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Reviews | Ukrainian women fight for their own liberation

KHARKIV, Ukraine — Ukraine is a traditional, sexist society caught in a grueling artillery war with Russia, so the last person you’d expect to see in an army uniform is a grandmother.

But Mariia Stalinska, 41, an accountant whose first grandchild was born a year ago, joined the army after Russia invaded her country in February.

“We have to defend our children,” she told me. “If not us, who?”

While registration for military service is compulsory for men, women can choose to volunteer. After the invasion, many did, and nearly 60,000 women are now in the Ukrainian Armed Forces, sometimes filling combat roles.

“I won’t be in an office somewhere,” said Liliia Fedorenko, 45, who signed up the morning of the invasion. “I’ll be in the trenches, shooting, scouting.”

“I’m a good shooter,” she added.

The determination of Ukrainian women to fight the Russians, spy on them behind enemy lines, or raise funds for troops reflects an unwavering determination of Ukrainian men and women to sacrifice themselves for their country. At a time when the United States is so divided, Ukraine feels the opposite: there’s a passionate, uplifting, and leveling unity here, and that’s one reason Vladimir Putin might be in trouble.

The Ukrainian government says 151 female soldiers have been killed or are missing so far. Around 350 received awards such as “Heroes of Ukraine”.

Today, in the war in Ukraine, the sexism of Russian troops may have hurt them, because they did not always realize what women are capable of.

“They didn’t suspect the women,” said a community leader from the Kharkiv region who defied and deceived the Russians when her area was occupied. She didn’t want her name used in case the Russians came back.

The involvement of women is a reminder that half of the human resources of any society are women, even if countries do not always realize this. Harness the unfulfilled potential of half the population, and any nation will gain an advantage.

The rush for female soldiers is so new that the Ukrainian military doesn’t even have standard uniforms for women, so women have been left with ill-fitting uniforms designed for men. They protested that warriors were of all genders and that uniforms had to be able to fit women’s hips and chests.

One of the first female volunteers, Anastasiia Kolesnyk, a 25-year-old shopkeeper who enlisted on the first day of the war with her boyfriend, complained to family members, who found better-fitting uniforms for her and her friends.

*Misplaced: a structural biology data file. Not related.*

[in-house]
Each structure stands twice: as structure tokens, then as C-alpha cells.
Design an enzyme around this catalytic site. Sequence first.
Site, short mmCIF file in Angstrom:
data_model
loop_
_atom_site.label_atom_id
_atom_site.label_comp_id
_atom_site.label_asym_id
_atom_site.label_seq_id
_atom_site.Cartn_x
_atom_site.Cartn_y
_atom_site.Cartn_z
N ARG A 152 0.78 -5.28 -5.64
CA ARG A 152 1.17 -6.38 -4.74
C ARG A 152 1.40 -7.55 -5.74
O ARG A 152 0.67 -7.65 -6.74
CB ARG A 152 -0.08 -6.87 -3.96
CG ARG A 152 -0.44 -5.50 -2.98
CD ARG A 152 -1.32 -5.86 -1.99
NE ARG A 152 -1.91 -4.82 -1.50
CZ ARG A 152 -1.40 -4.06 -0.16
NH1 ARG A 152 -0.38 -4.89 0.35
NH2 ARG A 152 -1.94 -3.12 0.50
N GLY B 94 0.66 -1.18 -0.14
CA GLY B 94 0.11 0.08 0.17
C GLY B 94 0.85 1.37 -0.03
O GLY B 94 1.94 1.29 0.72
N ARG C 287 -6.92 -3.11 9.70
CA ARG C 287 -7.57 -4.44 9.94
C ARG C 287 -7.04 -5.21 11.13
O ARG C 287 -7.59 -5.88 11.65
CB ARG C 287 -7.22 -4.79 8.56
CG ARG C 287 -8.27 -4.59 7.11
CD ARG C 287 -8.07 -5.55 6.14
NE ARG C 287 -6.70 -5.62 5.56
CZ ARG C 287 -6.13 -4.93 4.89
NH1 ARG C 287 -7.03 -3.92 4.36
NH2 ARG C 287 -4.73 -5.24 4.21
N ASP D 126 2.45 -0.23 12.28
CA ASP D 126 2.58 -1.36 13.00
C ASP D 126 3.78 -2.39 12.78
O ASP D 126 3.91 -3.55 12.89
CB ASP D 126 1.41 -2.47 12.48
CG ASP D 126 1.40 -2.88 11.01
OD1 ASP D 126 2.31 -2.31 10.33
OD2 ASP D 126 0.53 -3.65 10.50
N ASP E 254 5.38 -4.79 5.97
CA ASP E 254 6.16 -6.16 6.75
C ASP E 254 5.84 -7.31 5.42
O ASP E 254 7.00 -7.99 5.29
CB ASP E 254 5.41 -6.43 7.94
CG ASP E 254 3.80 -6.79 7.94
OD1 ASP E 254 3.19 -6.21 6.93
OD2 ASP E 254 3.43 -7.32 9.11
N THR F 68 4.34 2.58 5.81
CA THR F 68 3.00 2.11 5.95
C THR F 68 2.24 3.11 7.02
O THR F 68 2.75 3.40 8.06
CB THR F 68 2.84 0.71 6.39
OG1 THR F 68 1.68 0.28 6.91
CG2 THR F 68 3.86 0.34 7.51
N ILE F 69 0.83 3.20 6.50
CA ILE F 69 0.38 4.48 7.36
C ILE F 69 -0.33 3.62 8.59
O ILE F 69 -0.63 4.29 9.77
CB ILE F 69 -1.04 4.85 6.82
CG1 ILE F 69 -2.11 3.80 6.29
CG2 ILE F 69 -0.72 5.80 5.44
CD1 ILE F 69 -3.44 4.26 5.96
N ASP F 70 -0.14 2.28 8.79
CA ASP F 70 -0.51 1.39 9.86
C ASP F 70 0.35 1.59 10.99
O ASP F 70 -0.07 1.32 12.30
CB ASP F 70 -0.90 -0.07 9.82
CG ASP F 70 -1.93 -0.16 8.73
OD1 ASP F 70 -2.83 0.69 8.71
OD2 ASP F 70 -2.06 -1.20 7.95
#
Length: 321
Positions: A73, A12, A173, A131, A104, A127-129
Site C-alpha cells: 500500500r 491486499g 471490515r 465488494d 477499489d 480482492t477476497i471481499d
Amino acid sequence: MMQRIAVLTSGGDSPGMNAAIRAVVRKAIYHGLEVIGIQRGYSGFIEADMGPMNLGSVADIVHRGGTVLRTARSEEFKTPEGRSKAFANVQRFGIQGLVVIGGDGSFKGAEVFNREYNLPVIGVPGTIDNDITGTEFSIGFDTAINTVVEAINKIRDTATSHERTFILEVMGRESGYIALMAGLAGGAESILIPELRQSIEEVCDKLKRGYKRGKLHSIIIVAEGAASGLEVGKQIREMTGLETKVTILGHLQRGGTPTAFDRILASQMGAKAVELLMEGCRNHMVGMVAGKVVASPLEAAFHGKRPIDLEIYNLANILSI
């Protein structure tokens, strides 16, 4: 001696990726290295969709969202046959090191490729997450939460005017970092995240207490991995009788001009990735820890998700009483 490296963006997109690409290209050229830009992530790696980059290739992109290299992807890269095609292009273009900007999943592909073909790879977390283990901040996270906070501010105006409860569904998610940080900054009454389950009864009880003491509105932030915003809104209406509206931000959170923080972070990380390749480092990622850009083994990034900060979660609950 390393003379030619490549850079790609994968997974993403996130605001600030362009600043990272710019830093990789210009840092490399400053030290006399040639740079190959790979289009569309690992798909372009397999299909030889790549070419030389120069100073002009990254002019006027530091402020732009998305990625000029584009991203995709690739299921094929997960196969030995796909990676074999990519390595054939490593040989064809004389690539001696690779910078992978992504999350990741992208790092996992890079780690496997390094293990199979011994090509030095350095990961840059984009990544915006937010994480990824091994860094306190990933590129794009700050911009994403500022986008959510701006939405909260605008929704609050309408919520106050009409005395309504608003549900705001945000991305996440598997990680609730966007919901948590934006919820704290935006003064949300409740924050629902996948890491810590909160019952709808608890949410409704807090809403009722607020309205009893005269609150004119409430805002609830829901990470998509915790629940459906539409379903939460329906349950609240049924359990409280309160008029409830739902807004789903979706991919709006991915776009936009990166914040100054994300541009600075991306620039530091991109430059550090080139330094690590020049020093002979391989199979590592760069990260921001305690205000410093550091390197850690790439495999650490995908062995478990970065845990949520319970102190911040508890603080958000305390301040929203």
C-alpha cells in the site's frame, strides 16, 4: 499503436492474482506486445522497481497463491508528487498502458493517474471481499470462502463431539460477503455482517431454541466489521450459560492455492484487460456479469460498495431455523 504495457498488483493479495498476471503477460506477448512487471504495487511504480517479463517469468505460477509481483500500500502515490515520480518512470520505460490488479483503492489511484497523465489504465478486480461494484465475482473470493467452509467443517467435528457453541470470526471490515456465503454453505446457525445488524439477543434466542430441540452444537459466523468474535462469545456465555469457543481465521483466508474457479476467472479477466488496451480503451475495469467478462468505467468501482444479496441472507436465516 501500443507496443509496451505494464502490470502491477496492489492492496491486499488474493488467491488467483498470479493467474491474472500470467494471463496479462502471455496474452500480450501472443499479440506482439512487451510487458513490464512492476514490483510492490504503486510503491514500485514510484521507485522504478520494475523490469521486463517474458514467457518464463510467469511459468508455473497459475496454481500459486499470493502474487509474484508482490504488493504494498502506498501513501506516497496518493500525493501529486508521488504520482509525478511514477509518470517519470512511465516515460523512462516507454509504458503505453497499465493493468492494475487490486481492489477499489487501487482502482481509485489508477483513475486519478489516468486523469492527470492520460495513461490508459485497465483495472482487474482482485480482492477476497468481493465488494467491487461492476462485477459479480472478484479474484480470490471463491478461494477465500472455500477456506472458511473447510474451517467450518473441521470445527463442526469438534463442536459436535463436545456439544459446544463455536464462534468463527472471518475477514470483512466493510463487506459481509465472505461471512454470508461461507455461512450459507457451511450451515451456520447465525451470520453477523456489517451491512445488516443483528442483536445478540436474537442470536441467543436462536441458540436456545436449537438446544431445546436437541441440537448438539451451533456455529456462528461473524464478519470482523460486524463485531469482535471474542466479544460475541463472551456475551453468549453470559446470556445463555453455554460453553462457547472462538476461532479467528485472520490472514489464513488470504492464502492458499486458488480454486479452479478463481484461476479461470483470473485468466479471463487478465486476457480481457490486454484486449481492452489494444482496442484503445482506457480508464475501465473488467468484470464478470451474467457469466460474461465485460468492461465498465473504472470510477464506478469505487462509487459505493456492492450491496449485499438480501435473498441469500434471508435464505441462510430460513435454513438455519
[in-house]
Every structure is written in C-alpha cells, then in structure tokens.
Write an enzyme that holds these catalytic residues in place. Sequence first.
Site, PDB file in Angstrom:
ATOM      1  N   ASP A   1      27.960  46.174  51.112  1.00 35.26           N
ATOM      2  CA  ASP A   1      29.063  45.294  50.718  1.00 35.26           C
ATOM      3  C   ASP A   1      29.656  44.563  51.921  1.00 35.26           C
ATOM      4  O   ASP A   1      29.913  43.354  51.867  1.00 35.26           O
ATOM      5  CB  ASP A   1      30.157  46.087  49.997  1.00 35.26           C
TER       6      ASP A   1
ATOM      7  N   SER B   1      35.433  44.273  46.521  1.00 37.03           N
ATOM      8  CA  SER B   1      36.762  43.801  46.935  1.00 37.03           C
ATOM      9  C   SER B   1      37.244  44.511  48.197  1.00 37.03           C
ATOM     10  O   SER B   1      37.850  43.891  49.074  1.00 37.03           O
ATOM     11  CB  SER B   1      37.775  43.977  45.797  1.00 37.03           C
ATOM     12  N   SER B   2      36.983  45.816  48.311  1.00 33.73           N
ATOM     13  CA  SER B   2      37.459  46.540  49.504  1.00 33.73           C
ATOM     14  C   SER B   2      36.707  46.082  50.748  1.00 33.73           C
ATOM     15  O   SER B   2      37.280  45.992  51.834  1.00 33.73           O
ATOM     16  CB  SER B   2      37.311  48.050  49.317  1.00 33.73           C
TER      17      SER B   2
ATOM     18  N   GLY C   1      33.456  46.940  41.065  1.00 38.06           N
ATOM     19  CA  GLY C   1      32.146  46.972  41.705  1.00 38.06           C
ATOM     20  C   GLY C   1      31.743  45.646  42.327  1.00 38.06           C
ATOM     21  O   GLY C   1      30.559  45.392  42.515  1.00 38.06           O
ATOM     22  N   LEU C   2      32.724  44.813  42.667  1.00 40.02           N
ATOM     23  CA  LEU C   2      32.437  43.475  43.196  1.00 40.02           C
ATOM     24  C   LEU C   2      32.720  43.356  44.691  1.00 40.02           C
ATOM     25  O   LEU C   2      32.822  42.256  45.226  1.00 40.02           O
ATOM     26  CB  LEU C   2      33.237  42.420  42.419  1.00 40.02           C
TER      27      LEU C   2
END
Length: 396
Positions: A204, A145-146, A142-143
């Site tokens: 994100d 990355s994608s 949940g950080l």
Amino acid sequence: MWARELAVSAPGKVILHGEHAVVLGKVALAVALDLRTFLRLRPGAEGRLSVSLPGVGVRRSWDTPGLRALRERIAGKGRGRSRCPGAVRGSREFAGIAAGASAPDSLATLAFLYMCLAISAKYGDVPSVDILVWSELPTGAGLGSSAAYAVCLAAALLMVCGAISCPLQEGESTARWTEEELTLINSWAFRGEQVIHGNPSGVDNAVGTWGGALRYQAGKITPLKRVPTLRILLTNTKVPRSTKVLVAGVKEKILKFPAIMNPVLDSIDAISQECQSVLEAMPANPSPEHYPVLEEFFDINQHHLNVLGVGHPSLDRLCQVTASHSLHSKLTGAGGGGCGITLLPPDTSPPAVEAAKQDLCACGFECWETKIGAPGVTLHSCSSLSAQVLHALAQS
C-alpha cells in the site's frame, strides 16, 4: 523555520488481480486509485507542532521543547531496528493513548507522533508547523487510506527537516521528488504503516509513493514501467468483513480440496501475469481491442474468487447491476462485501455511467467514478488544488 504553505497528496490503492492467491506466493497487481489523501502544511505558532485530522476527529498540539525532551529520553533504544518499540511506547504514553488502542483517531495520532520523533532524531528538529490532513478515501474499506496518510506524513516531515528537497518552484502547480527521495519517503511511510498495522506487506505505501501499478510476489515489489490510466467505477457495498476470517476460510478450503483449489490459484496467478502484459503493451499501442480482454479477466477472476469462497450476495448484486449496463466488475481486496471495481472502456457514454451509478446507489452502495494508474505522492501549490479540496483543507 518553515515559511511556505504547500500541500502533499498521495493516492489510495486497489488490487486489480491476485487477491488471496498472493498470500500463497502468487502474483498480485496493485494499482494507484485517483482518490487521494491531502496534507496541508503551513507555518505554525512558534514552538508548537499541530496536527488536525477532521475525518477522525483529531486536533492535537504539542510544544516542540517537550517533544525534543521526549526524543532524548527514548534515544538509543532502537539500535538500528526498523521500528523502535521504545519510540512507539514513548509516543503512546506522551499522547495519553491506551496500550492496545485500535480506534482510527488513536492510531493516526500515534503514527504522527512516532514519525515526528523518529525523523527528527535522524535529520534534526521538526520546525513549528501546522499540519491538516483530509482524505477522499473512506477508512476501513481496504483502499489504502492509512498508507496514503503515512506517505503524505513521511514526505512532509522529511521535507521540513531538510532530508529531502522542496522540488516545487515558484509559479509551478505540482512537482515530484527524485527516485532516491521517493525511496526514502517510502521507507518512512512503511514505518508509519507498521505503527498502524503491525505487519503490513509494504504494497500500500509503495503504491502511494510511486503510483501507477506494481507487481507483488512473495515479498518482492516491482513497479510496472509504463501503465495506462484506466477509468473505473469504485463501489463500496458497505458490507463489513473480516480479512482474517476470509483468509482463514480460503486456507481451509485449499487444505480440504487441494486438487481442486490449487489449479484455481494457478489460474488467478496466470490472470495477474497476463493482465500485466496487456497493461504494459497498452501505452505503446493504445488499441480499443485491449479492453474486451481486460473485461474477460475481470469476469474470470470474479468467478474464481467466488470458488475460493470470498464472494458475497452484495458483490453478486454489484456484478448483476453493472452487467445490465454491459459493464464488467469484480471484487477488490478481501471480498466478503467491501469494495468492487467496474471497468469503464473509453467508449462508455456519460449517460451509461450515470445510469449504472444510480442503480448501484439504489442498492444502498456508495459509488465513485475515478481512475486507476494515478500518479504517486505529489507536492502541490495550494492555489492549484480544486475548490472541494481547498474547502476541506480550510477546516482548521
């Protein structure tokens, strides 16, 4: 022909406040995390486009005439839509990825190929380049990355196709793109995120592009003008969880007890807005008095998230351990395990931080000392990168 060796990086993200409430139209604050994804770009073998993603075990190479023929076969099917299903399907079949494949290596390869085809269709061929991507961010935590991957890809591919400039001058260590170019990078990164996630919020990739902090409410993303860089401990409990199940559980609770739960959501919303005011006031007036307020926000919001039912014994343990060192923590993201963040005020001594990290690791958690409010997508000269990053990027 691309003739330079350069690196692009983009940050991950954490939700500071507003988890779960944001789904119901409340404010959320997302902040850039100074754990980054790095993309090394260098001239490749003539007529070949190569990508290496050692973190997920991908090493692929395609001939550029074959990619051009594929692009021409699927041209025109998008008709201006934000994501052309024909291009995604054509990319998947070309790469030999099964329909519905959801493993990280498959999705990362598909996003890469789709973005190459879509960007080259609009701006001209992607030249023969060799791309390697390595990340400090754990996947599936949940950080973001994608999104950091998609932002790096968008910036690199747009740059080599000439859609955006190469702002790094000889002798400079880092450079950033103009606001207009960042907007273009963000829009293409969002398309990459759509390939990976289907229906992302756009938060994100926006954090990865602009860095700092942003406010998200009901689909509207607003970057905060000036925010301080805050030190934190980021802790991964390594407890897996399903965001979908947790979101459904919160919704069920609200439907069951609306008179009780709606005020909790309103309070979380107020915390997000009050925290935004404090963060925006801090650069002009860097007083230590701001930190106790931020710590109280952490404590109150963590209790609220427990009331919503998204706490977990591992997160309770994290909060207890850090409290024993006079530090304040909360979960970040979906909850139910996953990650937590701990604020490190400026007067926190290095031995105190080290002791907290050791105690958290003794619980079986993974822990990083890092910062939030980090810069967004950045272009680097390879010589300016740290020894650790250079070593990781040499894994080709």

Other women also asked for them, and the family effort grew into a non-profit organization, Zemlyachky, which received a torrent of donations to buy uniforms, body armor, underwear thermals and other gear for female soldiers. She has a warehouse in Kyiv with clothes and materials that she provides free of charge to women.

Attitudes towards female soldiers seem to vary across commanders. “I heard, ‘You are a woman, you have to make babies, go home,'” said Anastasia Blyshchyk, 26, who was initially rebuffed when she volunteered. Rather than sit on a long waiting list to serve, like many other Ukrainians, she reached out to commanders and found one who said he could use her.

She now wears a uniform with an unofficial patch on the shoulder, just below the Ukrainian flag, reading: “ARM THE WOMEN NOW”.

While women can also serve in the Russian army and intelligence services, few women appear to be part of the Russian invasion force in Ukraine.

The women also appear to have been very effective as spies behind enemy lines, using their phones to report the locations and movements of Russian troops.

“I really wanted this area to be liberated,” said Albina Strelets, 33, explaining why she was spying on Russian forces and passing information to the Ukrainian side. She was arrested and told me over the prison and torture chamber where the Russians held her for 16 days in August.

Other prisoners were tortured, raped and killed, she said. She added that she bluntly told her interrogator, a Chechen, that she supported the Ukrainian side in the war, earning his grudging respect.

“You have iron balls, more than most men,” he told her, according to her account. She said she was not physically injured.

Spies are nothing new, of course. A relative of mine, Izabela Krzysztofowicz Jaruzelska, was a sworn member of the Polish resistance during World War II. She was involved in a Polish courier ring that gathered intelligence on the Nazis, transported it through what is now Ukraine and passed it on to the Polish government-in-exile in London, but she was captured , sent to Auschwitz and died there in 1943.

An open question is whether the heroism of so many women in this war will eliminate traditional sexist attitudes and create a more equal society in the future. Will Ukrainian men be more inclined to treat their wives as equals? An indication of possible progress is that almost half of all new small businesses since the invasion have been started by women.

“It will change the role of women in society,” said Alla Kuznietsova, who spied on the Russians during the occupation of Izium and reported regularly from the Ukrainian side.

“Not every woman will pick up a gun and fight, but we are doing everything we can to help the army,” said Kuznietsova, who said she survived brutal torture and rape at the hands of Russian interrogators. “I have two good friends who were doing the same thing.”

“Of course, that will change things.”

nytimes Gt

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